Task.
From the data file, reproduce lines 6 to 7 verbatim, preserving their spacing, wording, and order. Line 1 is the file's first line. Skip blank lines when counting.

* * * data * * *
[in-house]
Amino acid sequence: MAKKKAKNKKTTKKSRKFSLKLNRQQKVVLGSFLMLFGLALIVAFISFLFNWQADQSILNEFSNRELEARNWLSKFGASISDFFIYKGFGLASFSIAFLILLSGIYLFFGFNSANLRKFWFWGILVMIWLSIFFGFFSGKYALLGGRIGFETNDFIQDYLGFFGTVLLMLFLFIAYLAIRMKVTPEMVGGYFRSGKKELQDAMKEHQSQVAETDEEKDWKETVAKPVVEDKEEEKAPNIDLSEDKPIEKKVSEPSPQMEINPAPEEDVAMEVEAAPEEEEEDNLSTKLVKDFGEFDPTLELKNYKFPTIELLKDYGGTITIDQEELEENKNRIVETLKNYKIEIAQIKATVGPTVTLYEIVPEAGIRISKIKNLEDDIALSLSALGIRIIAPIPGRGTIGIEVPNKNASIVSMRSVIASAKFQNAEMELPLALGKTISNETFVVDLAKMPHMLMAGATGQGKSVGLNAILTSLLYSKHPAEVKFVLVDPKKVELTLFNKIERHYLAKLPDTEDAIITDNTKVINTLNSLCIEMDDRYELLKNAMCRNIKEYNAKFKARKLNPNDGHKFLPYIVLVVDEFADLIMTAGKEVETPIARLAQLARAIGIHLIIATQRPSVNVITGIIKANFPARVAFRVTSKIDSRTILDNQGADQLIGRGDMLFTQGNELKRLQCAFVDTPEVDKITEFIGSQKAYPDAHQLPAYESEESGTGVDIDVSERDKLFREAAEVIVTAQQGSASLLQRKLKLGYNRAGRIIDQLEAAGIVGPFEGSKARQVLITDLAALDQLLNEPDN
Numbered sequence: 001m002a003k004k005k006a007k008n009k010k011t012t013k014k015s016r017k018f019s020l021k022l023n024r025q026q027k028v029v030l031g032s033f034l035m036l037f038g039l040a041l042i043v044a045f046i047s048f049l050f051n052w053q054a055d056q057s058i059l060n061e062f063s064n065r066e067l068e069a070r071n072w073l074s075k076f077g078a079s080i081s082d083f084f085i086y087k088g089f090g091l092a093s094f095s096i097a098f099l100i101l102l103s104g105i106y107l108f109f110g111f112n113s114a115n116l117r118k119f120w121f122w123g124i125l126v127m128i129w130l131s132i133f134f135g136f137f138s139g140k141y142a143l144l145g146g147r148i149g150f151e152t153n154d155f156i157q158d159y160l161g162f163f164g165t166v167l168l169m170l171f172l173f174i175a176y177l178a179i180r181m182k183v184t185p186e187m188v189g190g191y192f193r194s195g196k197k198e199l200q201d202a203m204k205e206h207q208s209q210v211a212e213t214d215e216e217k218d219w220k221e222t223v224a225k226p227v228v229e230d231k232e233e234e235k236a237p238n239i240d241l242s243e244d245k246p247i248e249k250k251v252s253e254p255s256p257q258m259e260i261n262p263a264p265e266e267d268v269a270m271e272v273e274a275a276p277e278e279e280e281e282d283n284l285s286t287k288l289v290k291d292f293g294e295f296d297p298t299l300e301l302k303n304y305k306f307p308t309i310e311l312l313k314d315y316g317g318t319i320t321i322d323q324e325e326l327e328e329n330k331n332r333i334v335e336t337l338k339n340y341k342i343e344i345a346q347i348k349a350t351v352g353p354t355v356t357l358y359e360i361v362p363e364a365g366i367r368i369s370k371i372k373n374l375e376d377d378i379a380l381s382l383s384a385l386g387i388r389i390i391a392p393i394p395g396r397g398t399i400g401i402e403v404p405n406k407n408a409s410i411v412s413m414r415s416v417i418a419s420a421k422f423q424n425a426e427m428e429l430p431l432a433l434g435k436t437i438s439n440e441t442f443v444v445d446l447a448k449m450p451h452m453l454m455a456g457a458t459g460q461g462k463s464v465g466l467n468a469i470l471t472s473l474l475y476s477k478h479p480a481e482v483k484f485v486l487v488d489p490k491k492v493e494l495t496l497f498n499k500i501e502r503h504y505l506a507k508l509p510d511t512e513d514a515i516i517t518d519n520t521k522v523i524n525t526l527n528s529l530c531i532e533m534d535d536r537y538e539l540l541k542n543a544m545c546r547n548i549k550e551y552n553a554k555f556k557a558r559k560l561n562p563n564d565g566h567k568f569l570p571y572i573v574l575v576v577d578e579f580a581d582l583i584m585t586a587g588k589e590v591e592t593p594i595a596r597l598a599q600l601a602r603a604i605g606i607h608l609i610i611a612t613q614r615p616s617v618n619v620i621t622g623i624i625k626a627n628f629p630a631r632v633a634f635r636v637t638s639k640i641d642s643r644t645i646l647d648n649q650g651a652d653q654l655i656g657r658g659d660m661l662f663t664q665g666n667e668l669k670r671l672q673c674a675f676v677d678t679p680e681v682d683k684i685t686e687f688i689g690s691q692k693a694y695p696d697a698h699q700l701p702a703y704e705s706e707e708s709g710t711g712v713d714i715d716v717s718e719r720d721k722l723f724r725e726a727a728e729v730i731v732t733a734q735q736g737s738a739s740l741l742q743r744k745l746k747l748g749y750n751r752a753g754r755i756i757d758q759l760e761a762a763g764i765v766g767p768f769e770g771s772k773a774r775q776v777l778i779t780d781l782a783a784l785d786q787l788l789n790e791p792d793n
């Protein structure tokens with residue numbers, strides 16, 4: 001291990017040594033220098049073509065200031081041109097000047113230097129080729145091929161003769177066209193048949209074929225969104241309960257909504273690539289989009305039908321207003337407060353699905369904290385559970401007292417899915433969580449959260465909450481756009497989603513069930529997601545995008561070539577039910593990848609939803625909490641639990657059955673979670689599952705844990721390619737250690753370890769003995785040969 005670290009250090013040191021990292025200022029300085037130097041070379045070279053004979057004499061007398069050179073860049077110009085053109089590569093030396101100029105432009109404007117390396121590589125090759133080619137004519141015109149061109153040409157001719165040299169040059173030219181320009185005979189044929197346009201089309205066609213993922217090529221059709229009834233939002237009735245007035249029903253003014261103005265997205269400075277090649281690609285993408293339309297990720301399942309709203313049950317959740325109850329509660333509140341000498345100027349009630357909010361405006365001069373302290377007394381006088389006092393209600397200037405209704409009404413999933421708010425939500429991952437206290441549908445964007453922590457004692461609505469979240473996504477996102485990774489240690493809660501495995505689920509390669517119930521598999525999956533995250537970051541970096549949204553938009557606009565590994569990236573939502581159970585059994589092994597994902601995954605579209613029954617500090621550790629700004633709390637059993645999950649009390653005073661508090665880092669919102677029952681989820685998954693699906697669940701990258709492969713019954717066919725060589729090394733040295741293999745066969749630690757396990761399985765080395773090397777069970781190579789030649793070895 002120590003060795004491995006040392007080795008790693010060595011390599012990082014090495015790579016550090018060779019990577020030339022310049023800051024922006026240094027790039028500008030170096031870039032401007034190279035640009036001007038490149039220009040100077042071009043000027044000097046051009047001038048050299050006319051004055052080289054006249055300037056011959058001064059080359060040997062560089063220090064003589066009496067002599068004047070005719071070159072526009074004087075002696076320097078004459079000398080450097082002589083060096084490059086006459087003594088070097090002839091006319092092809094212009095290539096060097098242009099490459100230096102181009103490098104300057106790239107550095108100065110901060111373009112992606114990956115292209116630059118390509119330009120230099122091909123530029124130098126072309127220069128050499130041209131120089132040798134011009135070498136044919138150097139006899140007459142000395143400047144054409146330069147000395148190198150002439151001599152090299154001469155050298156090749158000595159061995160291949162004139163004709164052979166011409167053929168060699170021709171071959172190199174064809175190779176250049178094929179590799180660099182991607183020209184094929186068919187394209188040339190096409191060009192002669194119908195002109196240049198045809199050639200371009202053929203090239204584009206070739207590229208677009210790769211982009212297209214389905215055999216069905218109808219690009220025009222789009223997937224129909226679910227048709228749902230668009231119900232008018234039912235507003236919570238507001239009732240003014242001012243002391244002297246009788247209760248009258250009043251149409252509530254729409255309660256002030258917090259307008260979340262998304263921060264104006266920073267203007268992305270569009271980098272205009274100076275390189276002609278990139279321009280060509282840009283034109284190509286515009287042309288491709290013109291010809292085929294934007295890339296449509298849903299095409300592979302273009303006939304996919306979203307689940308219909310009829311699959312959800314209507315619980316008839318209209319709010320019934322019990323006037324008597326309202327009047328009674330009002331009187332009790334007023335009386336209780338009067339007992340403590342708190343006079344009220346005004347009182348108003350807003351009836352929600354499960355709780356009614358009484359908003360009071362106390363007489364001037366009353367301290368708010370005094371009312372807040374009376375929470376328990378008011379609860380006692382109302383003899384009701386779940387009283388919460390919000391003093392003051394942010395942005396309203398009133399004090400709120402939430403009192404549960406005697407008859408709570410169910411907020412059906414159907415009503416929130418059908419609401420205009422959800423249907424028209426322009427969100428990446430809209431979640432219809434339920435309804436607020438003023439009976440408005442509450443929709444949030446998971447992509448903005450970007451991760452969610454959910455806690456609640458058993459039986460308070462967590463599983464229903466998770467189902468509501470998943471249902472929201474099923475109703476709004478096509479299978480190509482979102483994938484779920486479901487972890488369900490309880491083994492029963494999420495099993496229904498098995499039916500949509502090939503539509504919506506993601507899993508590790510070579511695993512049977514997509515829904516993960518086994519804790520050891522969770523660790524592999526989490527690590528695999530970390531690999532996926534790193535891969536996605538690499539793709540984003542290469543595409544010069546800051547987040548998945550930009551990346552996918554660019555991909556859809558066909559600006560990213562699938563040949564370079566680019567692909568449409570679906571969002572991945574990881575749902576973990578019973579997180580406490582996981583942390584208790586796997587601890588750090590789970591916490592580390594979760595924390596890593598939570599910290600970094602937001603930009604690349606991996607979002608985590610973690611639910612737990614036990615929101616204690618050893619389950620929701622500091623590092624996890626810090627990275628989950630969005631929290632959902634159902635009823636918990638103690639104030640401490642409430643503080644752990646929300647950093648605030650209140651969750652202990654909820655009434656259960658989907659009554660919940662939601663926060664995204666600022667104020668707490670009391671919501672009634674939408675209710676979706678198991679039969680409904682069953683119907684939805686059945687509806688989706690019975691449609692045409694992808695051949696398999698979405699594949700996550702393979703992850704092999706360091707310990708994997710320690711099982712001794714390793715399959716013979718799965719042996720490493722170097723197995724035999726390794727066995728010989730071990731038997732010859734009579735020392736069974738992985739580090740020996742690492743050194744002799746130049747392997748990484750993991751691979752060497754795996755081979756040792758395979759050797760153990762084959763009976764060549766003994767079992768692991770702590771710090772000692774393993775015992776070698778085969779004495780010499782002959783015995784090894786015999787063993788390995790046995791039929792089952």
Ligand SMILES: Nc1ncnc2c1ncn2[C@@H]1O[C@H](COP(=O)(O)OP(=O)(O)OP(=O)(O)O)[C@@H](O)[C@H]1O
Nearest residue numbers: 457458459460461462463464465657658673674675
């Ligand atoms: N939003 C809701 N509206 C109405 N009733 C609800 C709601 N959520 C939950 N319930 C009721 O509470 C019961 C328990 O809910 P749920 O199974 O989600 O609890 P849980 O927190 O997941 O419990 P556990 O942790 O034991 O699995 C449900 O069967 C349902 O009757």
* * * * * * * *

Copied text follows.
Nearest residue numbers: 457458459460461462463464465657658673674675
């Ligand atoms: N939003 C809701 N509206 C109405 N009733 C609800 C709601 N959520 C939950 N319930 C009721 O509470 C019961 C328990 O809910 P749920 O199974 O989600 O609890 P849980 O927190 O997941 O419990 P556990 O942790 O034991 O699995 C449900 O069967 C349902 O009757």